Specifically the FTC is in favor of adopting the bill known as H.R. 1319 or the Informed P2P User Act which has been passed by the House and is in is in a Senate committee. It would let the agency obtain civil penalties against the distributors who do not meet a baseline standard of providing clear and conspicuous notice, in advance, to consumers about what files a P2P program will share, and for obtaining consent from consumers before making those files available on a P2P network. The proposed legislation also has provisions that should help network administrators keep P2P file-sharing applications that are inappropriate and potentially dangerous off their computer systems and would give the commission authority to seek civil penalties for violations.

Another bill called H.R 4098: Secure Federal File Sharing Act would require the government to issue rules on the use of peer-to-peer file sharing software by Government employees, and for other purposes. It too is in committee.

Meanwhile the DCIA has said the past any laws would likely be ineffective and stifle the business opportunities P2P can generate.

In an interview today, Marty Lafferty, CEO of the DCIA said: “We support the statement made by the US Federal Trade Commission (FTC), not only with words but also with our actions. The Inadvertent Sharing Protection Working Group (ISPG) is a DCIA-sponsored industry-wide program introduced in July 2008 that has been working with the private sector and FTC staff to address the very issues Chairman Leibowitz spoke about in his statement.”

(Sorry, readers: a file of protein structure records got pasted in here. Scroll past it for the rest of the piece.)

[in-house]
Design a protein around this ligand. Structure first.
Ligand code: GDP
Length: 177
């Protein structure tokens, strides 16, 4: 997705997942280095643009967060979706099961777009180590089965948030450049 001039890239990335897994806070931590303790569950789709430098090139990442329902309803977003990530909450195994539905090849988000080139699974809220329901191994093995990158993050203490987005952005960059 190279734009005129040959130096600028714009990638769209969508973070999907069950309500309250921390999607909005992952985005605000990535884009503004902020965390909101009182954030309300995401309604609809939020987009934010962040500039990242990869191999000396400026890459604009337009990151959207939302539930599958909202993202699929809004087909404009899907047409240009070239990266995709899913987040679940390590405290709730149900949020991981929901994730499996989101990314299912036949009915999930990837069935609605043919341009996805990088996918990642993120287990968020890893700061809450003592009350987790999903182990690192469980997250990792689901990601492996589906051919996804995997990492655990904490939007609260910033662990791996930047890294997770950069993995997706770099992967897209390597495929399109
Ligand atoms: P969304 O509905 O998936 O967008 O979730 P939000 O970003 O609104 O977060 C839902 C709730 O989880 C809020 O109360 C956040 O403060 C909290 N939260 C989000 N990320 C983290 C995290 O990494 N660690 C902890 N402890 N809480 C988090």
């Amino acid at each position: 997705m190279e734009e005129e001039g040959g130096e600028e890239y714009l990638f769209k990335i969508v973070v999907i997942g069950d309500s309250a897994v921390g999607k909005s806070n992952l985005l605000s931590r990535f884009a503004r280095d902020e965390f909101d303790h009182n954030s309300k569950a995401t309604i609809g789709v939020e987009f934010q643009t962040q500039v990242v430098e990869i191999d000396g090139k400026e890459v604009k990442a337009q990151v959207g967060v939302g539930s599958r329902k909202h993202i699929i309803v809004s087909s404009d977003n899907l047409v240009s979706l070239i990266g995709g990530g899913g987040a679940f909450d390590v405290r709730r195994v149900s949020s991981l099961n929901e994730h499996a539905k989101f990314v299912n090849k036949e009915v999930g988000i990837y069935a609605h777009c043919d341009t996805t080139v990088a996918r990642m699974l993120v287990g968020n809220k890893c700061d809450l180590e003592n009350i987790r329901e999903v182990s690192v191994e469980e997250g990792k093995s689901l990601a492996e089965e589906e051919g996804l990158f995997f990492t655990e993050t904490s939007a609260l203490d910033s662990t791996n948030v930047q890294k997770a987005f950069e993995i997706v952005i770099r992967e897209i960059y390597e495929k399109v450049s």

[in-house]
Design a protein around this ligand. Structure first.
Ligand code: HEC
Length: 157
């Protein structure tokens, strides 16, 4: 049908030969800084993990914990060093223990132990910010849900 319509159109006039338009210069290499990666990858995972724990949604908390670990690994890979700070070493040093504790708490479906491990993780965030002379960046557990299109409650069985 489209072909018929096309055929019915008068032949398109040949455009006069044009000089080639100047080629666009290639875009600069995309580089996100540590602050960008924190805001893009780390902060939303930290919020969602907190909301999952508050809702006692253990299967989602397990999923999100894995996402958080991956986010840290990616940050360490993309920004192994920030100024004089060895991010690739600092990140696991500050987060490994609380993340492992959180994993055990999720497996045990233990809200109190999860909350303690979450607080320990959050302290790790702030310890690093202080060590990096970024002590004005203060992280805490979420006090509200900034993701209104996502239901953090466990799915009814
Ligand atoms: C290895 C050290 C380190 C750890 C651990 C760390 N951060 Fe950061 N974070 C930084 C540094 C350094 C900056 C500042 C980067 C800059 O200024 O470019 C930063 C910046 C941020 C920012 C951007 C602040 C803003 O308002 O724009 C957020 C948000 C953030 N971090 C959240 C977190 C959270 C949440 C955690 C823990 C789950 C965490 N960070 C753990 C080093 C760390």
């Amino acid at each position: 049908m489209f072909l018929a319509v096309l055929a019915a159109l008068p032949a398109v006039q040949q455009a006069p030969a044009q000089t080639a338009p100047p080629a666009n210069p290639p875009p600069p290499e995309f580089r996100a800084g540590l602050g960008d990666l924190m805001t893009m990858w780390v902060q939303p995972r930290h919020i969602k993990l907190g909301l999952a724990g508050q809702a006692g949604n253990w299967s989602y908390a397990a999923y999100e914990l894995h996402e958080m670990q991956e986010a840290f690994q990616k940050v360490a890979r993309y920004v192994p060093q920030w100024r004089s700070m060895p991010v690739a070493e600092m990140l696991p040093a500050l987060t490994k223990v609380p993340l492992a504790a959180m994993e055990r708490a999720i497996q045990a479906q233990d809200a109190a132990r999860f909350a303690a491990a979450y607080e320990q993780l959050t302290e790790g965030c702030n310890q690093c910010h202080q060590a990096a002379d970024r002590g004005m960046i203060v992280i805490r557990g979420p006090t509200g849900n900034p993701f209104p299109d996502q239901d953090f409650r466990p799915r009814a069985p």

Lafferty went on to say compliance reports began to be compiled and submitted one year ago from top brands representing implementations of P2P technologies ranging from downloading to live-streaming, from open consumer file-sharing environments to secure corporate intranet deployments, and from user-generated to professionally produced content.

“The fact remains, however, that the amount of confidential data that is in distribution on the Internet is cumulative. Material that was accidentally disclosed years ago is still floating around. And more recent leaked data is also out there. The entire focus of ISPG so far has been to shore up the sources of such unintended file uploads in the first place. Removing items that are already in circulation on the web is a problem of a different order of magnitude and one we are just starting to look into,” Lafferty stated.

P2P industry players include BitTorrent, the most widely used protocol, now with an enterprise offering and many derivatives; eDonkey, which ceased commercial operation, but has remained popular as the open-source eMule; Bearshare, which despite the company's acquisition by iMesh has also remained popular as a standalone program; LimeWire, a widely-used open-P2P program now integrating a LimeWire Store and new Lime Engine; and Kontiki, spun-off by VeriSign and currently used in several major enterprise deployments, including Wells Fargo, GM, and Coca-Cola.

Examples of new and emerging P2P services are Damaka, FrostWire,GigaTribe, Grooveshark, Itiva, LittleShoot, mBit, MyBloop, Ooma, Pownce, Raketu, RedSwoosh, SlapVid, Swapper, Twango, Vudu, and Yoomba, the DCIA noted.